Equipment concerns linger as McIlroy prepares for 2013 debut on U.S. turf


Rory McIlroy hasn’t said much since leaving Abu Dhabi last month after missing the cut with his new Nike clubs, but plenty of others have been talking about him.

While the No. 1 player in the World Golf Rankings has been off with instructor Michael Bannon trying to get a feel for the new sticks, he has been a topic of conversation ahead of his return this week in the WGC-Accenture Match Play Championship.

Some have voiced concern, while those who know him best don’t seem worried.

Nick Faldo first expressed that it was “dangerous” for the 23-year-old McIlroy to make changes while at the top of his game, not to mention at the top of the game.

Recently, another former champion seconded the motion.

“Rory’s momentum was very good last year but it can be very dangerous to change clubs,” said two-time major champion Sandy Lyle of Scotland. “It’s the driver and the fairway woods that are the biggest issues. Rory will adapt to the irons pretty quickly, although he will have teething problems.

“It only takes a little chink in the armour in this game for it to start becoming a worry. It might just be that he goes through a bit of a hiccup for a few months before he gets back into full flow.”

We might not find out this week because McIlroy could play well and still lose to Shane Lowry in the first round of the Accenture at Dove Mountain.

That’s the way it can go in match play.

McIlroy breezed through five opponents last year before losing to Hunter Mahan in the final. He is a strong match player, but anything can and will happen when they tee it up this week near Tucson.

Ian Poulter is a Ryder Cup stalwart and captured the Accenture title in 2010, but has lost in the first round each of the last two years.

Tiger Woods has prevailed three times in the tournament, but he also has been upset twice by Nick O’Hern of Australia in early rounds, and also was taken down by Peter O’Malley of Australia in the first round in 2002 and by Thomas Bjorn of Denmark in his 2011 opener.

Even if that happens to McIlroy this week, Graeme McDowell doesn’t expect him to stay down long.

“When you’re as talented as Rory McIlroy, I don’t really care what your driver says, don’t care what your iron says or what your golf ball says,” McDowell, who has teamed with McIlroy in the Ryder Cup and the World Cup, said on the “Morning Drive” show on the Golf Channel. “When you’re as good as he is, it’s a transition that should be pretty straightforward for him to make.

“The biggest hurdle that he has right now is in his mind, the pressure that is put on him by the world media, by people, and most importantly that he’s put on himself from inside him. You’ve just got to get across the hurdle of playing well a few times with the new equipment.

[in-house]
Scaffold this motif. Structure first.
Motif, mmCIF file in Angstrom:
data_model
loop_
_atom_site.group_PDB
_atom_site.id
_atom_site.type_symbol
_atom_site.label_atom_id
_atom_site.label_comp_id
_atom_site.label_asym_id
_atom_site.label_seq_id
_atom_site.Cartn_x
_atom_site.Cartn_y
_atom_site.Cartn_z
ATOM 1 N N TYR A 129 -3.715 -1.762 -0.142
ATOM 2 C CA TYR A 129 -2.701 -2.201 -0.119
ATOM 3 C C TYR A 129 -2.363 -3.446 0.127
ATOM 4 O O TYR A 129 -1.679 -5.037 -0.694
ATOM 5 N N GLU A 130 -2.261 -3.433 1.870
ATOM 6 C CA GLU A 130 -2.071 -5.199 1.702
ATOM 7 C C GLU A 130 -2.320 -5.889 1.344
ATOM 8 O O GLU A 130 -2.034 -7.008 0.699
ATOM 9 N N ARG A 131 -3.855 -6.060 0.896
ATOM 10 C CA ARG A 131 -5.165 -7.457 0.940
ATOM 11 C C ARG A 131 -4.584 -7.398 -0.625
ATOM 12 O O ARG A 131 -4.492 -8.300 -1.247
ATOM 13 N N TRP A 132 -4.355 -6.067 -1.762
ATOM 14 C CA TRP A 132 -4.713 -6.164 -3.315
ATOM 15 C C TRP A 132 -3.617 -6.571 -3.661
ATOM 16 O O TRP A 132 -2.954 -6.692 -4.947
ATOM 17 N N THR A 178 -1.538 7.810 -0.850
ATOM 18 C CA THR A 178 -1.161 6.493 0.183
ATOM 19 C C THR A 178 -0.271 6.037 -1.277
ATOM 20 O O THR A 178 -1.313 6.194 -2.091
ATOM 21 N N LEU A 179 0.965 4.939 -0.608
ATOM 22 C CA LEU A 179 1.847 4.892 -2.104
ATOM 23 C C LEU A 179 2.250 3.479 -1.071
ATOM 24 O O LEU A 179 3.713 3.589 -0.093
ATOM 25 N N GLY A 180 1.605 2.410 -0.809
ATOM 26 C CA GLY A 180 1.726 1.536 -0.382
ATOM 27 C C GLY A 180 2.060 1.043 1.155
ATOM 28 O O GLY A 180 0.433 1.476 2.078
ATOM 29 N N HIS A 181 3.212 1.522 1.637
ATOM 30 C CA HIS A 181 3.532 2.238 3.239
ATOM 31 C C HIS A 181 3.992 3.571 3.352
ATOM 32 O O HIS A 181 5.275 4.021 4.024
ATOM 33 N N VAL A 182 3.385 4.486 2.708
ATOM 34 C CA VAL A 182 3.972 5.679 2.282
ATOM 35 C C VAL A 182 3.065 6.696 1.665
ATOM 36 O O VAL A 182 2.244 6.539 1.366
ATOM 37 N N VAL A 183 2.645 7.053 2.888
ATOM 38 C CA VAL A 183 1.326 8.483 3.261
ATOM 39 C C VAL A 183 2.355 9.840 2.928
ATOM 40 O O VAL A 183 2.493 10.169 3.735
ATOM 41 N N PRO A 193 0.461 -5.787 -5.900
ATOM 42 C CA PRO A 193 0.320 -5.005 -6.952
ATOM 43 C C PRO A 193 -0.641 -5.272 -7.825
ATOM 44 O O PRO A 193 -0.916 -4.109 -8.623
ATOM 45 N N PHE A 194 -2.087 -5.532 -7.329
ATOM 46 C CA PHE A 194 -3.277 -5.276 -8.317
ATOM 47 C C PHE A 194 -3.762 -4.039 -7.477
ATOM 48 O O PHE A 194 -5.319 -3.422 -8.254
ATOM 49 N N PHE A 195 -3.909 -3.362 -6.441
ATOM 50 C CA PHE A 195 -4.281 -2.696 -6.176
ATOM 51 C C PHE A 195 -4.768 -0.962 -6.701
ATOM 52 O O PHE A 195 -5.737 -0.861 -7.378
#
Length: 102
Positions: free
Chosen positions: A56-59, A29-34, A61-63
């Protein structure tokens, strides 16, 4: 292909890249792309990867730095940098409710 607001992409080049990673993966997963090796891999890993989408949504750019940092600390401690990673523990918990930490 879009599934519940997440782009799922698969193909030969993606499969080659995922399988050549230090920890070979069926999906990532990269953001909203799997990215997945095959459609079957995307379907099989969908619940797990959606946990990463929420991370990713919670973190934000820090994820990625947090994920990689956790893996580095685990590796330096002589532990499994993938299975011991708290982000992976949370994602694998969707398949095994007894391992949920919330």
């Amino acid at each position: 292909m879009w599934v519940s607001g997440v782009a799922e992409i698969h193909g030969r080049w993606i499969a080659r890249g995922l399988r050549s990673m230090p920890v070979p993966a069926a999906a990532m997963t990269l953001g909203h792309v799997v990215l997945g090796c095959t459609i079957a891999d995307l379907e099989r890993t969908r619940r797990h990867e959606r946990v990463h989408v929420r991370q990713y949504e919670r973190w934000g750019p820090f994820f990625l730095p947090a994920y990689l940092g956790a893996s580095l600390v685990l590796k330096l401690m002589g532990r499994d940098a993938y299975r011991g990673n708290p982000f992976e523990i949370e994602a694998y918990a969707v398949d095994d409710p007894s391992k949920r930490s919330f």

“He’s a talented kid. I’ve never seen a guy make the game look so easy. It doesn’t matter what it says on the back of his iron. He’ll be OK, and it’s just a matter of time before he settles down and comes to terms with what’s in his head, in regards to the pressures he’s created for himself.”

McIlroy has dealt pretty well with the pressure for a kid of 23, claiming two major titles and climbing to the top of the game much the same way Woods did in the late 1990s and early 2000s.

While his ball-striking has never been questioned, he made a big move once he started working with putting guru Dave Stockton, who doesn’t expect a long transitional period with the new clubs.

“He put 14 clubs in the bag and hadn’t played in two months,” Stockton said, brushing off the missed cut in Abu Dhabi. “He’s pumped about the clubs. He has no question he can use those clubs. I just think it was a little bit early.

“With his touch he will have more problems with the driver. That’s the one it will take him a little bit longer to get.”

However, McIlroy ditched the Nike Method putter in round two in Abu Dhabi, going back to the Scotty Cameron model he has used for several years, but said that was only because he felt it would be more effective on the slower greens.

As for the Nike Covert driver, which is a big part of the company’s marketing campaign with McIlroy, he agrees with Stockton.

“I’m really happy with the ball and the wedges,” Rory said in a quick review of the new equipment before leaving Abu Dhabi. “The putter is good on fast greens that I’ve practiced on.

“I just need to … probably just need to find a driver that I’m comfortable with, because I didn’t drive the ball at all well. I feel like that’s a big advantage for me is driving the ball.”

That’s almost as a big question this week as how McIlory will play – what’s in and out of his bag?

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